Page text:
Buildings rebuild from humble suburban homes to vast skyscrapers; my city bustles with traffic and Sims filling every sidewalk. Before I realize it, hours have passed playing Maxis’ reboot of the revered SimCity franchise. Few genres produce the same pure addiction as city-builders, and SimCity improves upon that formula in some ways. However, the implementation of forced, always-online DRM causes far too many compromises that keeps SimCity from having the same long term depth and replayability that made it’s predecessors true classics.
The core building experience of SimCity is highly enjoyable, at least in the first few hours. Information is presented clearly in a clean user interface, and various city infrastructures such as water, power, and sewage have been streamlined for the better. Toggling through data layers makes accessing management information simple, and I found it intuitive to quickly identify and deal with problems.
Gone are the days of laying down pipe lines and electrical grids. Instead, everything is connected by roads, removing some of the tedium of past iterations in the franchise. The improved road tools make it easy to set up evenly placed grids thanks to transparent grid lines. The addition of curved roads adds aesthetic value as well, allowing greater variety between road and building placement. SimCity is wildly addictive in its opening hours, compelling you to expand and develop your city until it’s populated with beautiful skyscrapers. Specializations add to this allure, encouraging you to create an identity for your city and create income through tourism, mining, and gambling to name a few.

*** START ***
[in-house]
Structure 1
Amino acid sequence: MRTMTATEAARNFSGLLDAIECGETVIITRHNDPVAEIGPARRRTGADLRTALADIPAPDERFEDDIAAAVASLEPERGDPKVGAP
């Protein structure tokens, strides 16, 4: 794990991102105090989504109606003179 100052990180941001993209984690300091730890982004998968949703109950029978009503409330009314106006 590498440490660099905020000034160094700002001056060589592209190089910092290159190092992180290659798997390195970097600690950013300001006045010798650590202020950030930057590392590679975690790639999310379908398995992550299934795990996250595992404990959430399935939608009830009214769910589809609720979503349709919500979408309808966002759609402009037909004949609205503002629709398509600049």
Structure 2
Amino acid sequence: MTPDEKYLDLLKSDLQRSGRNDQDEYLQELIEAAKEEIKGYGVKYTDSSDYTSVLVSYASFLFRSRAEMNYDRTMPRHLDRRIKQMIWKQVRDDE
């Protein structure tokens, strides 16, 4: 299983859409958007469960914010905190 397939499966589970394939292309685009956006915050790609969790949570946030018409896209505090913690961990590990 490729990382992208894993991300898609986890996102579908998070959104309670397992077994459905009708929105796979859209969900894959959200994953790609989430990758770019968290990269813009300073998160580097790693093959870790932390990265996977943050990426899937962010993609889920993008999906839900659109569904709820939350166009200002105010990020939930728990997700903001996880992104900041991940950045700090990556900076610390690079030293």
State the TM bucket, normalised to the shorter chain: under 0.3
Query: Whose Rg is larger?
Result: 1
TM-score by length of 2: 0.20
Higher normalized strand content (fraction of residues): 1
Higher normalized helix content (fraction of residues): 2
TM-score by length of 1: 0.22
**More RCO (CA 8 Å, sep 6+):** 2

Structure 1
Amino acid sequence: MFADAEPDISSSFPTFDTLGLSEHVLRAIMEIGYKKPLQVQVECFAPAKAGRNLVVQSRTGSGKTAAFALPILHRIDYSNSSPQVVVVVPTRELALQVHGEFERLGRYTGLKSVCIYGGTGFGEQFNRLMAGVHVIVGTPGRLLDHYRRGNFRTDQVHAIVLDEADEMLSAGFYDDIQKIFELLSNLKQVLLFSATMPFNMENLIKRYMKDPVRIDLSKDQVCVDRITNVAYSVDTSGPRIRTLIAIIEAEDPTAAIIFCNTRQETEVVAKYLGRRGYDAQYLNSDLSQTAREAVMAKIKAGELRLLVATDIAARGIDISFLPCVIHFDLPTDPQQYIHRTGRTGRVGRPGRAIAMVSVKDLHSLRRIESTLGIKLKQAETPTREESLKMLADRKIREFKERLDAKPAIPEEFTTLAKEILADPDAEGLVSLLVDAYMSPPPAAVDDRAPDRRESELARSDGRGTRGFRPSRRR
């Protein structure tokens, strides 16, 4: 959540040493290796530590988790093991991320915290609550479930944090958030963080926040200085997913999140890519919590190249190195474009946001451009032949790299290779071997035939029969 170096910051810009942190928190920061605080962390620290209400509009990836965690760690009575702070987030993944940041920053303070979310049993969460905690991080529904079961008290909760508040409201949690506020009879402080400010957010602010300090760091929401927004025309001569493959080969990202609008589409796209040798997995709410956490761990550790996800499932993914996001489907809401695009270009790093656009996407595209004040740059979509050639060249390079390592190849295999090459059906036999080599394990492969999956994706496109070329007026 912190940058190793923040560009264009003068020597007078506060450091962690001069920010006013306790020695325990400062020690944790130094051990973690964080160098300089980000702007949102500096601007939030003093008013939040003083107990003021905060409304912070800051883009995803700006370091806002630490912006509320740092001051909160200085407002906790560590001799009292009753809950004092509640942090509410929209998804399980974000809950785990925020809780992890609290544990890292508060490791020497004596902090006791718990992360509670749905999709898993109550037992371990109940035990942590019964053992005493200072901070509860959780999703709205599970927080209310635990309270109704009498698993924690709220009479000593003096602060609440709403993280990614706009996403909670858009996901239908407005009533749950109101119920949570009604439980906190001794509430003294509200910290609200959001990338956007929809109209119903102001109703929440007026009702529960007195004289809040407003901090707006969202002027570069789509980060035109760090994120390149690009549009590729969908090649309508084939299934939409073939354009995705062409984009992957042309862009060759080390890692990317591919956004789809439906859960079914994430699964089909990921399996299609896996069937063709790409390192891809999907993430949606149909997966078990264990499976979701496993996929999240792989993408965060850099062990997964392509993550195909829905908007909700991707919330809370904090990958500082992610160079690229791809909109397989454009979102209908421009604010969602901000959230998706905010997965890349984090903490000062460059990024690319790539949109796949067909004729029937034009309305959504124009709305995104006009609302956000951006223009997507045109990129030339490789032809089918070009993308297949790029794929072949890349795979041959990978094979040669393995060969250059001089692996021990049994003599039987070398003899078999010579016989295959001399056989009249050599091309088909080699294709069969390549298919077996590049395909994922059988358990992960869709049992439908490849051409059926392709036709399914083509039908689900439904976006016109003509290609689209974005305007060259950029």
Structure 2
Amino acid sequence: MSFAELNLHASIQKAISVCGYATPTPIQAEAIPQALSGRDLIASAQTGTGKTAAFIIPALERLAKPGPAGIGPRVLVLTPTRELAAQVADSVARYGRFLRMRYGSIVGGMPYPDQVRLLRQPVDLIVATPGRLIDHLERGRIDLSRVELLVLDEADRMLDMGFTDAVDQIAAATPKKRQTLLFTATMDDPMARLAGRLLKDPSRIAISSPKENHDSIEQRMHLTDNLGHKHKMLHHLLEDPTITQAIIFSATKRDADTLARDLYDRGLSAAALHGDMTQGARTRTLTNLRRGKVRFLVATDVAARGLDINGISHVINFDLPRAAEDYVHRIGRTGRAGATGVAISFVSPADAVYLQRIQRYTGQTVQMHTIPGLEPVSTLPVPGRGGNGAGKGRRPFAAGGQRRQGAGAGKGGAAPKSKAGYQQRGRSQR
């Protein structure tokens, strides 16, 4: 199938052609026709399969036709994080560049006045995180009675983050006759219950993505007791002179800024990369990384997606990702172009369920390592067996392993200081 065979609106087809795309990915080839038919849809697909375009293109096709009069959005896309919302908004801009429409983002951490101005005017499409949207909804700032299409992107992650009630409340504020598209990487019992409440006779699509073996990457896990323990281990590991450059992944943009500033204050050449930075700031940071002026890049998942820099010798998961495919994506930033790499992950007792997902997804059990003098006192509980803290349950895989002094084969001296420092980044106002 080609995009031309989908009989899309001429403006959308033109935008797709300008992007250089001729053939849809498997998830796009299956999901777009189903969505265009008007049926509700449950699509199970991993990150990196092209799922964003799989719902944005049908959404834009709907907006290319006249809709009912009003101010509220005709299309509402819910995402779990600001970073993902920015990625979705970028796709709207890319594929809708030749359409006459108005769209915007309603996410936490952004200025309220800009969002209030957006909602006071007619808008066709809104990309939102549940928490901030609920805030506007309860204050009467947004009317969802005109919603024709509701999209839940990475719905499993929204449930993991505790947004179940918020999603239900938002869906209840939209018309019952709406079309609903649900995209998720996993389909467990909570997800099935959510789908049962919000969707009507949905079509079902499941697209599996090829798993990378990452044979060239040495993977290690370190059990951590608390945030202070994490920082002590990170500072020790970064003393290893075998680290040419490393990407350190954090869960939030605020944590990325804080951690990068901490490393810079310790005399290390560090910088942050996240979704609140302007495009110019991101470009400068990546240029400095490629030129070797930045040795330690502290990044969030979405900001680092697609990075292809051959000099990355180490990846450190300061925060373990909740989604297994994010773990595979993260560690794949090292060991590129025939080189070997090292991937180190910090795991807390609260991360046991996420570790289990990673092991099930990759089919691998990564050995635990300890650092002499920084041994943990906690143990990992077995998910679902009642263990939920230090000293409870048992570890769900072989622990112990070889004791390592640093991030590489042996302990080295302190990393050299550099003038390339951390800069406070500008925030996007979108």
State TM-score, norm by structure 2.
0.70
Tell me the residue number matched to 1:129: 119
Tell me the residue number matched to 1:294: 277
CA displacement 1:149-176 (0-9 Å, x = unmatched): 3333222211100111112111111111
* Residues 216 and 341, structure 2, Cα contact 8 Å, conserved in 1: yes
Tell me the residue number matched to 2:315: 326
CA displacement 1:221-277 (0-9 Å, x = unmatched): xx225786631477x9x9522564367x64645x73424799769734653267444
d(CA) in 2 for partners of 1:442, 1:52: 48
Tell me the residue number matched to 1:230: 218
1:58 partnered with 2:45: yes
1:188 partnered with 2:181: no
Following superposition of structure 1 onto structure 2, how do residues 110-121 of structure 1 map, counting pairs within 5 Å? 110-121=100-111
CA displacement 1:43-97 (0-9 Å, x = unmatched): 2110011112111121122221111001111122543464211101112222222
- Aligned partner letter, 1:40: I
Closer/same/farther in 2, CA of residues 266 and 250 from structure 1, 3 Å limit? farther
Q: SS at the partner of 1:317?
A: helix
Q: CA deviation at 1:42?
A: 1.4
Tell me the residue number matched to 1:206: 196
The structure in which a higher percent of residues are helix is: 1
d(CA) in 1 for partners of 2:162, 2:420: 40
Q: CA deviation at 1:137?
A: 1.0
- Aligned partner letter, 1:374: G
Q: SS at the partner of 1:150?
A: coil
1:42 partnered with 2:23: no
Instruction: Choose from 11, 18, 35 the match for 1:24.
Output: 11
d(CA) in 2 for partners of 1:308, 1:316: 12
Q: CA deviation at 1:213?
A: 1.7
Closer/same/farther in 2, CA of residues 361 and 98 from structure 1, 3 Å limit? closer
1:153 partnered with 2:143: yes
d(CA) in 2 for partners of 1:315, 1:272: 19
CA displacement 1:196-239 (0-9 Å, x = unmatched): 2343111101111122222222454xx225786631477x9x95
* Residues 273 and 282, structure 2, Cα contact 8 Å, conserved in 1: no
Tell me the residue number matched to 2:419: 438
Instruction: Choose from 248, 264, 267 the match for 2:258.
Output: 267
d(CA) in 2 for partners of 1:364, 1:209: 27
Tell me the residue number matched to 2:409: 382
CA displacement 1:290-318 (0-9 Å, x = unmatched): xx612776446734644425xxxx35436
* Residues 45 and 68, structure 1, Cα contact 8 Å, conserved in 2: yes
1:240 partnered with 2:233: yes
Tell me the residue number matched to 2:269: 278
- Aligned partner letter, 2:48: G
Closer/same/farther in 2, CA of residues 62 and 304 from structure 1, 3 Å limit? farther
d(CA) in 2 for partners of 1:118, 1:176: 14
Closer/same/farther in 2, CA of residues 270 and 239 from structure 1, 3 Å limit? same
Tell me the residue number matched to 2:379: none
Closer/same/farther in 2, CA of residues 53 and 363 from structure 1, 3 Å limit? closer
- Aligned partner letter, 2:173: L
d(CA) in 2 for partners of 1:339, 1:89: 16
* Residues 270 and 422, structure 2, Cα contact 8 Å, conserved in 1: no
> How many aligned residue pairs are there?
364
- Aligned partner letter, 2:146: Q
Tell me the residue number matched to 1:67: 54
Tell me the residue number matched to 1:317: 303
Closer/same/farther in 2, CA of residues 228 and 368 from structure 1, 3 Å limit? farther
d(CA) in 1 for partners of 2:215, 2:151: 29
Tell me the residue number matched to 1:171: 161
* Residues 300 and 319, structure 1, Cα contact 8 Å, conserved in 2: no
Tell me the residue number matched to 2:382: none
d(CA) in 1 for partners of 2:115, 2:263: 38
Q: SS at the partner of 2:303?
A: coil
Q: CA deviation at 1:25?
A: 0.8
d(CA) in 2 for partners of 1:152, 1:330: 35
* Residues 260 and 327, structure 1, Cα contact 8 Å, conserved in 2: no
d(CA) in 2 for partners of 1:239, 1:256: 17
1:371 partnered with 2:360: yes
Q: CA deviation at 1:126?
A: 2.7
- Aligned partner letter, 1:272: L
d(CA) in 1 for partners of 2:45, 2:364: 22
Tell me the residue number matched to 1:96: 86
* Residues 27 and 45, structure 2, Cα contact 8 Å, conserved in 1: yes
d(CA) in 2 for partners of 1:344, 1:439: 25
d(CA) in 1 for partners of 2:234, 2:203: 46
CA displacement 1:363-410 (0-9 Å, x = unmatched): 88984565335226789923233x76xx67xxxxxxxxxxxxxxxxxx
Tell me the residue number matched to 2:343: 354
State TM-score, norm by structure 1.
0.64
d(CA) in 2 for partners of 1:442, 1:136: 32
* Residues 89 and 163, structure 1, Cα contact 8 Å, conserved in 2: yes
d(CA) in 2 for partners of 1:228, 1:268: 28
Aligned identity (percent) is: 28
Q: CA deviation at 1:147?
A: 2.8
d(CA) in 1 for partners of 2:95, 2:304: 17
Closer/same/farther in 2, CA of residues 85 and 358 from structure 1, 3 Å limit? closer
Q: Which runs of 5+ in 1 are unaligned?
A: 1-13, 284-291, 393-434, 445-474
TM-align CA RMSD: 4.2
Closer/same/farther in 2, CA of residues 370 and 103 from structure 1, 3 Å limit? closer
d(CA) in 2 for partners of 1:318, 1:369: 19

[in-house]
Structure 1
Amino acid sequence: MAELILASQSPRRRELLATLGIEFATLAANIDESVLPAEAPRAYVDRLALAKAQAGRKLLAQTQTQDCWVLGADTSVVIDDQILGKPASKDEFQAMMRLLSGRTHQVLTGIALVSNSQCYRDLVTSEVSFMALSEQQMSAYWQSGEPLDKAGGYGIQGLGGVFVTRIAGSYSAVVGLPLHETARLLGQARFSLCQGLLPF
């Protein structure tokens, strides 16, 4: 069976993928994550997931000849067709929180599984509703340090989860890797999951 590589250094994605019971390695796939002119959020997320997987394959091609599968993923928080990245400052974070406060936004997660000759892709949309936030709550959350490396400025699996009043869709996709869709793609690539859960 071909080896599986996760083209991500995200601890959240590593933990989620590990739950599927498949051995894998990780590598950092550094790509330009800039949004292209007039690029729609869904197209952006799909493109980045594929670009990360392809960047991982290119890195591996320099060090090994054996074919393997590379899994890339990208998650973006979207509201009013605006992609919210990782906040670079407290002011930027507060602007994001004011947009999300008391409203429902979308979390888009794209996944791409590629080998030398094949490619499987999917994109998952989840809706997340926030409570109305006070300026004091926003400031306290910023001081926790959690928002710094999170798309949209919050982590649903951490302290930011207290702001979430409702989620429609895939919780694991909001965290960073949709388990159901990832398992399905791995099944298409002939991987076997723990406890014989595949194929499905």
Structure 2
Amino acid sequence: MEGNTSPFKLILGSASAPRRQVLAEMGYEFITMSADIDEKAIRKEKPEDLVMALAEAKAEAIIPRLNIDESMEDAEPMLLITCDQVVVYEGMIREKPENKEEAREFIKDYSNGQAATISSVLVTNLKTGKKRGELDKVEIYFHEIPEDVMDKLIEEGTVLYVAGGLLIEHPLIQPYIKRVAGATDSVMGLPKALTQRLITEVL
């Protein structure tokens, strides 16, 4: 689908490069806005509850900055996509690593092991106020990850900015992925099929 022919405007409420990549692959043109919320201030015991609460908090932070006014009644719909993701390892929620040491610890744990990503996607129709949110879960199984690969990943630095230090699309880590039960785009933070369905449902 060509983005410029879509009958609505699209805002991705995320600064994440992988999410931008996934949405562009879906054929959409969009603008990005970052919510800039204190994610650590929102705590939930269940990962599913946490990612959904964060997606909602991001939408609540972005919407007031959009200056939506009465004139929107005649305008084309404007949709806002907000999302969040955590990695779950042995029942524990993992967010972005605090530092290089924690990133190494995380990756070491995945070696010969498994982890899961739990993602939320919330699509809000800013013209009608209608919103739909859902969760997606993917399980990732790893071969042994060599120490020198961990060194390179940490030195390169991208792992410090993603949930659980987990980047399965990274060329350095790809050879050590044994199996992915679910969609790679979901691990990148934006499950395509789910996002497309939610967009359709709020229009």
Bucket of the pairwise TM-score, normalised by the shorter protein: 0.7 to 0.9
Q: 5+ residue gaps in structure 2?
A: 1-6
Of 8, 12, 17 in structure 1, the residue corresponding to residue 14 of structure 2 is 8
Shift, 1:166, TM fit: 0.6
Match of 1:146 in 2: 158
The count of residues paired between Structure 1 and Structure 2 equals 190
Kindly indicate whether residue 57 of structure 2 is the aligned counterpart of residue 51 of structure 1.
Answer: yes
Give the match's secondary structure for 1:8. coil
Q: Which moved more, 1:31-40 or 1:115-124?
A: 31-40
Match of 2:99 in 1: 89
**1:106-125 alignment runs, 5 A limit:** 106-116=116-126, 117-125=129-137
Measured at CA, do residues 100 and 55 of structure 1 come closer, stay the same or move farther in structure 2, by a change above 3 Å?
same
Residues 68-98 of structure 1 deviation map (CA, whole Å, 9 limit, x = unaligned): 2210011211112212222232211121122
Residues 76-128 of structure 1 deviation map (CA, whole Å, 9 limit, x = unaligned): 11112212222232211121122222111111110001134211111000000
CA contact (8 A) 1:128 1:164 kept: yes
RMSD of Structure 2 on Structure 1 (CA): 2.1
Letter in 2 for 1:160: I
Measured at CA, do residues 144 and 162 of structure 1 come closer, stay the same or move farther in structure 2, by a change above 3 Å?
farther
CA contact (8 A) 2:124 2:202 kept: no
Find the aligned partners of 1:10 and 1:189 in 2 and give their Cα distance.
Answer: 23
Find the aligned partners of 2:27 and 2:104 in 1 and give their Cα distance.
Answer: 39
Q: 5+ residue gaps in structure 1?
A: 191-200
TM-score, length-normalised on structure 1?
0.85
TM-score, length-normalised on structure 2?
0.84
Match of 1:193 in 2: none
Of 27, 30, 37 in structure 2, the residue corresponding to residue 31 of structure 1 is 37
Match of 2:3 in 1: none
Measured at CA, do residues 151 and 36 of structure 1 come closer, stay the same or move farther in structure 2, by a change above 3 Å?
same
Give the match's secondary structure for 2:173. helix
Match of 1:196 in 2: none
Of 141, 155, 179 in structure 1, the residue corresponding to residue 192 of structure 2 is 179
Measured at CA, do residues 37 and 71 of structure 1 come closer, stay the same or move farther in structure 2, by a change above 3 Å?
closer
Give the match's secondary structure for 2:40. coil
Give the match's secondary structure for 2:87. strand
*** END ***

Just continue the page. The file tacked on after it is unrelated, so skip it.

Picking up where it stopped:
SimCity runs on Maxis’ new Glassbox engine, which can be incredibly beautiful at times, and zooming in and seeing the tilt-shift effect adds a diorama-like feel to cities. The soundtrack by Chris Tilton is elegant and fitting; rarely feeling repetitive hours into a single session. In particular, zooming in and hearing the sound change to city chatter is a nice effect. The small city size unfortunately makes the cities look unnatural; abruptly stopping at borders that don’t resemble any cities I’ve seen. Viewing your work from region view makes the small size even more noticeable, and the overall look of your plot seems more like a small town than what I’d associate with a sprawling metropolis.
It’s past the few opening hours that SimCity’s general lack of depth becomes evident. The comically small two square kilometer city size limits creativity and prevents you from building the massive cities of prior games. While this creates an interesting dynamic of maximizing the space available with the most important needs of your city, you’ll reach the limits far earlier than you expect. Even worse is the constant nagging to build more residential zones when you’ve already maxed out the limits. There simply isn’t much reason to build an aesthetically beautiful city full of curved roads because you’ll waste valuable building space. The lack of an undo button hurts experimentation, and there’s no way to move buildings you’ve heavily invested in. Cities abruptly end at predefined borders, and with so much empty space in the region around you, it seems like a cruel joke that none of it is usable Terraforming is another big limiting factor, and players that choose regions with a plateau or large bodies of water make the already small build size even more egregious.
SimCity is all about multi-city region play. You can share various city services with friends in your region, and talking with a friend on how to best maximize your city’s role in the region can be fun. Region design however is a huge issue. In 16 city regions, groups are separated into fours, so there isn’t much benefit to having all those cities in one region in the first place. You can’t make your own regions, so the paltry list of five is all you’ll have. If you so choose, you can take on all the cities in a region on your own in single player. Doing this feels like you’re missing something while playing. SimCity is clearly designed for multiplayer, so controlling multiple cities loses the real time dynamic interaction between players that Maxis is pushing. Coordinating between cities is a great idea in theory, but the execution is rather limited, and doesn’t justify the forced always-online requirement.